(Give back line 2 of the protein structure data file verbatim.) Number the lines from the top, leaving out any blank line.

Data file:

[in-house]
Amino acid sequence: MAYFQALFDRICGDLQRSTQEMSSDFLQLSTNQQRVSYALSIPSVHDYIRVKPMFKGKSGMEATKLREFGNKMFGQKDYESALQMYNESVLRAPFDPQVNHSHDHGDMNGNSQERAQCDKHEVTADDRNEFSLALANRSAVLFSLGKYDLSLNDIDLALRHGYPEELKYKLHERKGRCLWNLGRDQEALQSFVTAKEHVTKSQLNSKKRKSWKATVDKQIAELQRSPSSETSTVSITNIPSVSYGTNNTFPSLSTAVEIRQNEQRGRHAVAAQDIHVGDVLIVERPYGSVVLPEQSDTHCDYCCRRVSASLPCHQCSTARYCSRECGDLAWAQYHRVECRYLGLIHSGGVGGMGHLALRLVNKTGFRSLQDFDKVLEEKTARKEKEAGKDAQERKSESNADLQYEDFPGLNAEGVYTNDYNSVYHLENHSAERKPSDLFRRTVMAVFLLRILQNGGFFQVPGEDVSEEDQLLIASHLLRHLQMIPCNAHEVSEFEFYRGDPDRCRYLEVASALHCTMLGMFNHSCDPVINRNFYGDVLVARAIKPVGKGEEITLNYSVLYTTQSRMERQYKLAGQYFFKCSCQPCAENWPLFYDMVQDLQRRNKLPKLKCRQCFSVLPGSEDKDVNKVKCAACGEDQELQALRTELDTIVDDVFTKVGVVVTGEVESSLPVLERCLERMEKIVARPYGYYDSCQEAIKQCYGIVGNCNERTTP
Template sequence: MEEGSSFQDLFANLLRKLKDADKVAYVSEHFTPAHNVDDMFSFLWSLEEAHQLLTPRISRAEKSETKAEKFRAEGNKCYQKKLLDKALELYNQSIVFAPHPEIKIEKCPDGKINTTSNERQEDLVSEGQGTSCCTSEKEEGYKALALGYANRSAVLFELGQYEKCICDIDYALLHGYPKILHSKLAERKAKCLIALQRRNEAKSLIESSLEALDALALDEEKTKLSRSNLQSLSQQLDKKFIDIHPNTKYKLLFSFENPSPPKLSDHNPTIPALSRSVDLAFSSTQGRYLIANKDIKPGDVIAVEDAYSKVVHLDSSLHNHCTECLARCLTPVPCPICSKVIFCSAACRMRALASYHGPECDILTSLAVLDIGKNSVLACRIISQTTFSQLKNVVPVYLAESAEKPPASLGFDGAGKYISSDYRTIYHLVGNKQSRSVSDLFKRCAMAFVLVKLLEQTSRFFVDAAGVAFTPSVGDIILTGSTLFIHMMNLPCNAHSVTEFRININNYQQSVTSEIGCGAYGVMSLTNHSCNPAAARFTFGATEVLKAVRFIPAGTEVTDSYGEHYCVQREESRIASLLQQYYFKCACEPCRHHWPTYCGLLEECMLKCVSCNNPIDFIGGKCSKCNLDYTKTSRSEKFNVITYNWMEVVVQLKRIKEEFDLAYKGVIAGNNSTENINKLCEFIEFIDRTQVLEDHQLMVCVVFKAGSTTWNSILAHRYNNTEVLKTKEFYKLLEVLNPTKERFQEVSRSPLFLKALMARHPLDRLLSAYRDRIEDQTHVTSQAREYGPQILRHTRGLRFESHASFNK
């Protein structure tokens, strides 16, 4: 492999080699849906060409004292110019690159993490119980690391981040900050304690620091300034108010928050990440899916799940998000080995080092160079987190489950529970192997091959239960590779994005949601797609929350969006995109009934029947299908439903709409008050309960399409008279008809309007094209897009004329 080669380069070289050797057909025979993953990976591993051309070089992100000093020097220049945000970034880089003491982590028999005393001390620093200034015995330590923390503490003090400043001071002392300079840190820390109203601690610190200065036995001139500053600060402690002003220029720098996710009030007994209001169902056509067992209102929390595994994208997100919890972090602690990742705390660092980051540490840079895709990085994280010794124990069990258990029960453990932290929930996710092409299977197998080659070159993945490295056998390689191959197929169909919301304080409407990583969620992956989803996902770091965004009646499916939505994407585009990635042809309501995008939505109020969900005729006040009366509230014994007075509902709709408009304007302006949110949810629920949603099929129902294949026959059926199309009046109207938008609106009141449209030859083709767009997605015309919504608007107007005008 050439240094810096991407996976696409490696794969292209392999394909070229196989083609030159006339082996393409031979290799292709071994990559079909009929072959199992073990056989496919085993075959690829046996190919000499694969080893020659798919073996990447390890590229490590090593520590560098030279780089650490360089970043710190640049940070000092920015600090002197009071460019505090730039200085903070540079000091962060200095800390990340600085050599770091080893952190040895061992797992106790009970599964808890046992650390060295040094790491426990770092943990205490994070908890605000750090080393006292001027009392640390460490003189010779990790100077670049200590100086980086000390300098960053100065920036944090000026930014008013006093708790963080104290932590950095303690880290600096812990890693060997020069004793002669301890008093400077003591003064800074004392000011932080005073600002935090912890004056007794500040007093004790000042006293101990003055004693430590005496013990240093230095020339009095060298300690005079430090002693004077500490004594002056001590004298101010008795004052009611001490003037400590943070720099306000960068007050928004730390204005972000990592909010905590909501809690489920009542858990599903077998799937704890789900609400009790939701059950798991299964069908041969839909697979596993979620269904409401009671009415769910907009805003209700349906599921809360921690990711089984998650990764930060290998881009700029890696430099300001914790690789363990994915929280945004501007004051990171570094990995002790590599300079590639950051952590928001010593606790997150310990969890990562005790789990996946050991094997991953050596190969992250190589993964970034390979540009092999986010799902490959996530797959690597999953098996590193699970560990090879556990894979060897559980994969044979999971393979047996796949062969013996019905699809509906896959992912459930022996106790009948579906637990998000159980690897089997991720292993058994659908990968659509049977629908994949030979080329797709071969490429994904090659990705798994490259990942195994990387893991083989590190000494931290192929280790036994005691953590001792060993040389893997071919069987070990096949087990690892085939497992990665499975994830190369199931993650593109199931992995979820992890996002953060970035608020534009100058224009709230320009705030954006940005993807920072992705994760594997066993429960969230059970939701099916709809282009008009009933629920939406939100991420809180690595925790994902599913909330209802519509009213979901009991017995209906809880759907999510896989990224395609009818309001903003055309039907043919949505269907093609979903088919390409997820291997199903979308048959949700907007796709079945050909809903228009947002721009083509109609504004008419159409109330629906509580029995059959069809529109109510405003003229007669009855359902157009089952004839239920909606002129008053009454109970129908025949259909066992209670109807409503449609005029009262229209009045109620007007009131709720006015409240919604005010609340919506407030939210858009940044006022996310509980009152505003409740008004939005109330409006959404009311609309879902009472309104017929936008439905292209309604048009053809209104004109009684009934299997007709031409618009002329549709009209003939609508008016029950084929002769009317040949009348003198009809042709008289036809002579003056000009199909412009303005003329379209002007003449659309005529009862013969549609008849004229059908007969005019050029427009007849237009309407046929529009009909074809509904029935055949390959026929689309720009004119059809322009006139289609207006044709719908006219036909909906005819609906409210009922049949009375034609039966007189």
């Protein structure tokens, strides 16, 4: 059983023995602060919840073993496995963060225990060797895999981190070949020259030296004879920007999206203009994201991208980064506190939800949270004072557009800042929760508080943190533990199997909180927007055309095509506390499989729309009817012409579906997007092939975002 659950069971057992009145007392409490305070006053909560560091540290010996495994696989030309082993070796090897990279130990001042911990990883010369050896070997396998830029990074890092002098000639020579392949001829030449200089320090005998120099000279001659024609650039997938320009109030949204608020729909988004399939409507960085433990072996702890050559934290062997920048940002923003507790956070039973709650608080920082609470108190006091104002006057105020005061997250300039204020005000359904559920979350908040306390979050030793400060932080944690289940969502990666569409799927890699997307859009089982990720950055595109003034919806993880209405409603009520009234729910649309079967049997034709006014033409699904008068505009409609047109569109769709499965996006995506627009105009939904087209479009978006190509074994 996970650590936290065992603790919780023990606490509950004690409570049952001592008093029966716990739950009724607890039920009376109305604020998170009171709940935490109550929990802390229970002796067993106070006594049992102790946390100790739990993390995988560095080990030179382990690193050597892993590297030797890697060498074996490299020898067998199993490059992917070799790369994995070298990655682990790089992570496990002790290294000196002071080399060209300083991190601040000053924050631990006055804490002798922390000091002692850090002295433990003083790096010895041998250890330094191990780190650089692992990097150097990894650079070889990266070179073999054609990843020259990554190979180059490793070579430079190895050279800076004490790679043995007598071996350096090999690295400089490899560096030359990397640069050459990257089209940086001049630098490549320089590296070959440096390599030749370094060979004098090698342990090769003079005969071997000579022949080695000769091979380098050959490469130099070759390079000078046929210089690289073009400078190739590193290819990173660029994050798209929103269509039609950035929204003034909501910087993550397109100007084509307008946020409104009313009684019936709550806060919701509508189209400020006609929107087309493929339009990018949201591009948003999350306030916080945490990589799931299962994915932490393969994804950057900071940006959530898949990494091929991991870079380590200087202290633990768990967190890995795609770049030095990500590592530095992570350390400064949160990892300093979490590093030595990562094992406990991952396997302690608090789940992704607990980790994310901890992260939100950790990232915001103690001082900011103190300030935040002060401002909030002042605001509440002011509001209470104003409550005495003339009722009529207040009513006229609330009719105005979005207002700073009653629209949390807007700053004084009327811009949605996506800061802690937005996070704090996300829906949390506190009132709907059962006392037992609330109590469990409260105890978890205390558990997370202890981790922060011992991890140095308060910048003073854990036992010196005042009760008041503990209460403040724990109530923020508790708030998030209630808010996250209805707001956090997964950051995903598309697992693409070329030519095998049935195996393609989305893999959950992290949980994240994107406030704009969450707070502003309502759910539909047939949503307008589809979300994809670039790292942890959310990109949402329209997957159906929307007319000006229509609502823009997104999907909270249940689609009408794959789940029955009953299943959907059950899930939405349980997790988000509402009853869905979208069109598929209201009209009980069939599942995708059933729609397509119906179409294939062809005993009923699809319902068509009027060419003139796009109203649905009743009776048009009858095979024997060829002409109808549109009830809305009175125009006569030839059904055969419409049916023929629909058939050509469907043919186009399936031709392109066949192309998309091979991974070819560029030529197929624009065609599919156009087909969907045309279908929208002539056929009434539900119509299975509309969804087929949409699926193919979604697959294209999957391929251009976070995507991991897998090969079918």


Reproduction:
Amino acid sequence: MAYFQALFDRICGDLQRSTQEMSSDFLQLSTNQQRVSYALSIPSVHDYIRVKPMFKGKSGMEATKLREFGNKMFGQKDYESALQMYNESVLRAPFDPQVNHSHDHGDMNGNSQERAQCDKHEVTADDRNEFSLALANRSAVLFSLGKYDLSLNDIDLALRHGYPEELKYKLHERKGRCLWNLGRDQEALQSFVTAKEHVTKSQLNSKKRKSWKATVDKQIAELQRSPSSETSTVSITNIPSVSYGTNNTFPSLSTAVEIRQNEQRGRHAVAAQDIHVGDVLIVERPYGSVVLPEQSDTHCDYCCRRVSASLPCHQCSTARYCSRECGDLAWAQYHRVECRYLGLIHSGGVGGMGHLALRLVNKTGFRSLQDFDKVLEEKTARKEKEAGKDAQERKSESNADLQYEDFPGLNAEGVYTNDYNSVYHLENHSAERKPSDLFRRTVMAVFLLRILQNGGFFQVPGEDVSEEDQLLIASHLLRHLQMIPCNAHEVSEFEFYRGDPDRCRYLEVASALHCTMLGMFNHSCDPVINRNFYGDVLVARAIKPVGKGEEITLNYSVLYTTQSRMERQYKLAGQYFFKCSCQPCAENWPLFYDMVQDLQRRNKLPKLKCRQCFSVLPGSEDKDVNKVKCAACGEDQELQALRTELDTIVDDVFTKVGVVVTGEVESSLPVLERCLERMEKIVARPYGYYDSCQEAIKQCYGIVGNCNERTTP